Do capability and functioning differ? A study of U.K. survey responses

Research output: Contribution to journalArticlepeer-review

Colleges, School and Institutes


A core feature of the capability approach is that a person's capabilities (what they are able to do and be in their life) can differ from their functionings (what they actually do and are in their life). However, the degree to which capability and functioning differ in practice is unclear. This paper investigates this issue, focusing on capability and functioning differences (CFD) across different aspects of life and different individuals. In the study, the ICECAP-A capability questionnaire was modified to measure both functionings and capabilities and was completed by U.K.-based convenience sample of 943 people. Around one third of people reported CFD in at least one area of their life, most commonly in terms of their "achievement." People were more likely to report CFD when they had a degree-level education and when they had impaired health. An additional finding was that capability varied more with education whereas functioning varied more with health status. This finding needs further examination, but it suggests that the choice of evaluative space may influence how priorities are set for public spending.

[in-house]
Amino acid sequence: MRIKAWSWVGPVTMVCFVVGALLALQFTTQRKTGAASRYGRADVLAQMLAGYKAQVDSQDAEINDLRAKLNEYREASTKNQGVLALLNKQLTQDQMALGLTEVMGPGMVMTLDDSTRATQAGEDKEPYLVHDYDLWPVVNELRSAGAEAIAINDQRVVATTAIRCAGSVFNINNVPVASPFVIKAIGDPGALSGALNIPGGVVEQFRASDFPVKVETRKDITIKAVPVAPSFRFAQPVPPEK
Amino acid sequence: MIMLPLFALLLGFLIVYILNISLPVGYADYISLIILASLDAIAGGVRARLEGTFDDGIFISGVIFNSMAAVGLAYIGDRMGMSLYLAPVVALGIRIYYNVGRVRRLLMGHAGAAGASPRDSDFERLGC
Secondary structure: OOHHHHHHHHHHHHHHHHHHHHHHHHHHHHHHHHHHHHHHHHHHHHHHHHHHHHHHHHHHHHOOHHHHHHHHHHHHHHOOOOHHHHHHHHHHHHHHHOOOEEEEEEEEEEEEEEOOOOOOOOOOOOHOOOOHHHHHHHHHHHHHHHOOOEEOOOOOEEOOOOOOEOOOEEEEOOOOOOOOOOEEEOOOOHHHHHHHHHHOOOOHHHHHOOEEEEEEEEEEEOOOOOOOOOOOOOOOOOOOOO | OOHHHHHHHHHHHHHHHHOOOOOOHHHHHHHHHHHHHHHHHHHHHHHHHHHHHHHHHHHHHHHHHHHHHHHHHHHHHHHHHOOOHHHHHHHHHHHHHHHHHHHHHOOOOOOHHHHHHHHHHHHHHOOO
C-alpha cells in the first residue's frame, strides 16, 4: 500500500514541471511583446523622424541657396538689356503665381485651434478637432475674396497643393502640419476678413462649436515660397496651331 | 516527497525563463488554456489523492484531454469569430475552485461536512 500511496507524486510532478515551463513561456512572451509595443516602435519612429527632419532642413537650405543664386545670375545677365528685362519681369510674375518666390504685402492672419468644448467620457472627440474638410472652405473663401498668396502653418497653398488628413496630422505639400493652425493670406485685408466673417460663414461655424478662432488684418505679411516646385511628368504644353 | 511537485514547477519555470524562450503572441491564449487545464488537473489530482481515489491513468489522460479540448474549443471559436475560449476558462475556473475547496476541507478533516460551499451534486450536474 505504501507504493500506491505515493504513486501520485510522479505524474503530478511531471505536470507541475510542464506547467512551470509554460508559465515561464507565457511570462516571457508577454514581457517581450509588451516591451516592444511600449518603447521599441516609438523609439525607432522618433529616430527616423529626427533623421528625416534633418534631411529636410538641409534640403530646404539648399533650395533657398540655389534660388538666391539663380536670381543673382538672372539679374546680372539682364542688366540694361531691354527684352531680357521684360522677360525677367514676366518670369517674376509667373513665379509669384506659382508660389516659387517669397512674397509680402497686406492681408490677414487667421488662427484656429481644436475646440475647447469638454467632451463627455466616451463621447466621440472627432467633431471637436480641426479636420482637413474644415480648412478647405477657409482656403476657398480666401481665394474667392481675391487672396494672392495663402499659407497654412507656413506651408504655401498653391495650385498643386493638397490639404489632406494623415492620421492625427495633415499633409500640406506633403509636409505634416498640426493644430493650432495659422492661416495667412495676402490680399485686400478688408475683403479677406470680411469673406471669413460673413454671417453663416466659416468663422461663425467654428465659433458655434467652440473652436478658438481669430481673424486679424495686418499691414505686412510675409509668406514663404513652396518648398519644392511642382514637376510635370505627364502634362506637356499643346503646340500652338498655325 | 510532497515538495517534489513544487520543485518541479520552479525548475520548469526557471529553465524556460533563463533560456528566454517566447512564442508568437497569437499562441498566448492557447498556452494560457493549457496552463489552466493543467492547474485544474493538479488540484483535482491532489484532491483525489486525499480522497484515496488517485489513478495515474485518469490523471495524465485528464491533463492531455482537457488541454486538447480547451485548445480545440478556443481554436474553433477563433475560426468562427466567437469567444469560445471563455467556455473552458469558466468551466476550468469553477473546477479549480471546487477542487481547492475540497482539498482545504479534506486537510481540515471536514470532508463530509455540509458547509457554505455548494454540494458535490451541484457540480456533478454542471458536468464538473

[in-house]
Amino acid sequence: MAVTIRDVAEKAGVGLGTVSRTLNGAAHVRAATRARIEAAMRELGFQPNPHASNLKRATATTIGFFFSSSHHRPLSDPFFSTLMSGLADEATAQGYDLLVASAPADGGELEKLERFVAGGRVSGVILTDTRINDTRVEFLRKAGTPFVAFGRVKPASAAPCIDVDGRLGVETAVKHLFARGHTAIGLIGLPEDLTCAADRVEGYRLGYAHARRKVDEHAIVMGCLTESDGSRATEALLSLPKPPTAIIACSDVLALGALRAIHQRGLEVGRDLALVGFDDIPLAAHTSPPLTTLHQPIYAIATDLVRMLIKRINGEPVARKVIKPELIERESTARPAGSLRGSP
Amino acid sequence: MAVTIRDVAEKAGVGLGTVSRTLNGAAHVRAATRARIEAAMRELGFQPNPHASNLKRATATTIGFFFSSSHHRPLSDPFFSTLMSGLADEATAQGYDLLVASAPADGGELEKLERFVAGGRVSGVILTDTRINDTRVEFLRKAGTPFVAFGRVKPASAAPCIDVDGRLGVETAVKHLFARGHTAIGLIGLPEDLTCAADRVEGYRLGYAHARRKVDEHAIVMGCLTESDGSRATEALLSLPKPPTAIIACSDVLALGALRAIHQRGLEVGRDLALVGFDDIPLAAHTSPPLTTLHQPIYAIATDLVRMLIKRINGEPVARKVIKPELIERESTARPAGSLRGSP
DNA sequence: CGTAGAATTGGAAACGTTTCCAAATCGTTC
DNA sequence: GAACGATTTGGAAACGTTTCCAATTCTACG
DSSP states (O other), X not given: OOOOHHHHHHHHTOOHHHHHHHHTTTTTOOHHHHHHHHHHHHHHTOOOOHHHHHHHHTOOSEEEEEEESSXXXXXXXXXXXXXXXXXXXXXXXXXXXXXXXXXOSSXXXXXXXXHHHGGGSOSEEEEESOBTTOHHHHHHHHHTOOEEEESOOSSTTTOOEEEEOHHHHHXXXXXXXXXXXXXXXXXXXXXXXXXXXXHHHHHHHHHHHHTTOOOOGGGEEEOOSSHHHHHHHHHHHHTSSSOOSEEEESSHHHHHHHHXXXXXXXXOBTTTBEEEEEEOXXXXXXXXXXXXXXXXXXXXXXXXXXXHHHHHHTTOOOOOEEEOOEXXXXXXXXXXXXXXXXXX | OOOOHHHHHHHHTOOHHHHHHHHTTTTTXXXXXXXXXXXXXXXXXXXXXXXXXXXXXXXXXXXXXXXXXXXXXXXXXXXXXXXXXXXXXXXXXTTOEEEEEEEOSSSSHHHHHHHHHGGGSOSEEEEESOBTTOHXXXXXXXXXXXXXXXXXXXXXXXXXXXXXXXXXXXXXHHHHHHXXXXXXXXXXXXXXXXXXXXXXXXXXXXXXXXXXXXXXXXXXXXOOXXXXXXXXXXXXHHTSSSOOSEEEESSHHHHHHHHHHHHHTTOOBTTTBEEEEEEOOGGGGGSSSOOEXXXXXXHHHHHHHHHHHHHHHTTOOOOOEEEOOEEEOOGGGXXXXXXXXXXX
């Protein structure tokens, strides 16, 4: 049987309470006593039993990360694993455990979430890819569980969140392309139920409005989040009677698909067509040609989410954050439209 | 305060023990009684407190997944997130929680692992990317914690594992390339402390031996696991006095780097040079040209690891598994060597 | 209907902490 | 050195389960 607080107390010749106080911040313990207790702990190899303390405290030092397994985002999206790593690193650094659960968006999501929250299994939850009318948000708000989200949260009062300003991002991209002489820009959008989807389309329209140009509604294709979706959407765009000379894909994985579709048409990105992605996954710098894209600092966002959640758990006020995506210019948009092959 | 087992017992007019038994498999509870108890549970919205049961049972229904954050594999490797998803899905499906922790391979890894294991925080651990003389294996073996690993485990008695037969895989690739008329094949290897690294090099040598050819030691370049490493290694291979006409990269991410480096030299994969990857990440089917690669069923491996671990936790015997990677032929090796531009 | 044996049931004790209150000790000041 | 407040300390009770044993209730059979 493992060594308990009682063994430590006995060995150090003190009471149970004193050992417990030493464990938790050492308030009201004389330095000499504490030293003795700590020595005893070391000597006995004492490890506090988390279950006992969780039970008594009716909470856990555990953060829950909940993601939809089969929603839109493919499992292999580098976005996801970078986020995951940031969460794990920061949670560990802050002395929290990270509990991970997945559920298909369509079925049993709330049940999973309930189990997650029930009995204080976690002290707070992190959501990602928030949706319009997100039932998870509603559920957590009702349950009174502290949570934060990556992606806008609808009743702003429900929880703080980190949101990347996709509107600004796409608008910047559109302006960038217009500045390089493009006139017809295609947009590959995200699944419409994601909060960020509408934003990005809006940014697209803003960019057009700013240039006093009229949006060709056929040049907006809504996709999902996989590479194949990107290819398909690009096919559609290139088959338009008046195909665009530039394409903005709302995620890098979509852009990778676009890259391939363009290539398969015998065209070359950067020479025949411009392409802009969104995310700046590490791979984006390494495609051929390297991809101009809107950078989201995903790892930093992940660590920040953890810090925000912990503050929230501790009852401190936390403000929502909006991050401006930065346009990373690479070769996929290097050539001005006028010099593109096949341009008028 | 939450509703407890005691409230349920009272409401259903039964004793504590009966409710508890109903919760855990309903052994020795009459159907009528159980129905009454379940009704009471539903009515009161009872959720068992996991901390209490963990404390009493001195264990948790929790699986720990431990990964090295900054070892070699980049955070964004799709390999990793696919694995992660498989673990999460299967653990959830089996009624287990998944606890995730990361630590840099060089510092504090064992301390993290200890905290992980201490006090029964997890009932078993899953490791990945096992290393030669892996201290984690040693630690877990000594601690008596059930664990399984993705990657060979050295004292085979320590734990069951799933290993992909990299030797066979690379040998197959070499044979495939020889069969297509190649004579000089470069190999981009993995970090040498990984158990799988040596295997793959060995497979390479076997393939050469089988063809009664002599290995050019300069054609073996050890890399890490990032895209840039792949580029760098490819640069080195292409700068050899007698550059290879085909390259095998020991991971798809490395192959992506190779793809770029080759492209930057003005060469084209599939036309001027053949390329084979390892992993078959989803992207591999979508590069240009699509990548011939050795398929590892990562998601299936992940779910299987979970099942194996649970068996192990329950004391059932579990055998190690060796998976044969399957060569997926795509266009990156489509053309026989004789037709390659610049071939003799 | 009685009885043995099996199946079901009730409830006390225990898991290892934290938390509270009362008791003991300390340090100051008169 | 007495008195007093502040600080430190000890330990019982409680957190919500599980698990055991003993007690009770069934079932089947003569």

Original languageEnglish
Pages (from-to)465-479
JournalHealth Economics
Issue number3
Early online date24 Sep 2017
Publication statusPublished - Mar 2018


  • Journal Article, capability approach , ICECAP , outcome valuation , well-being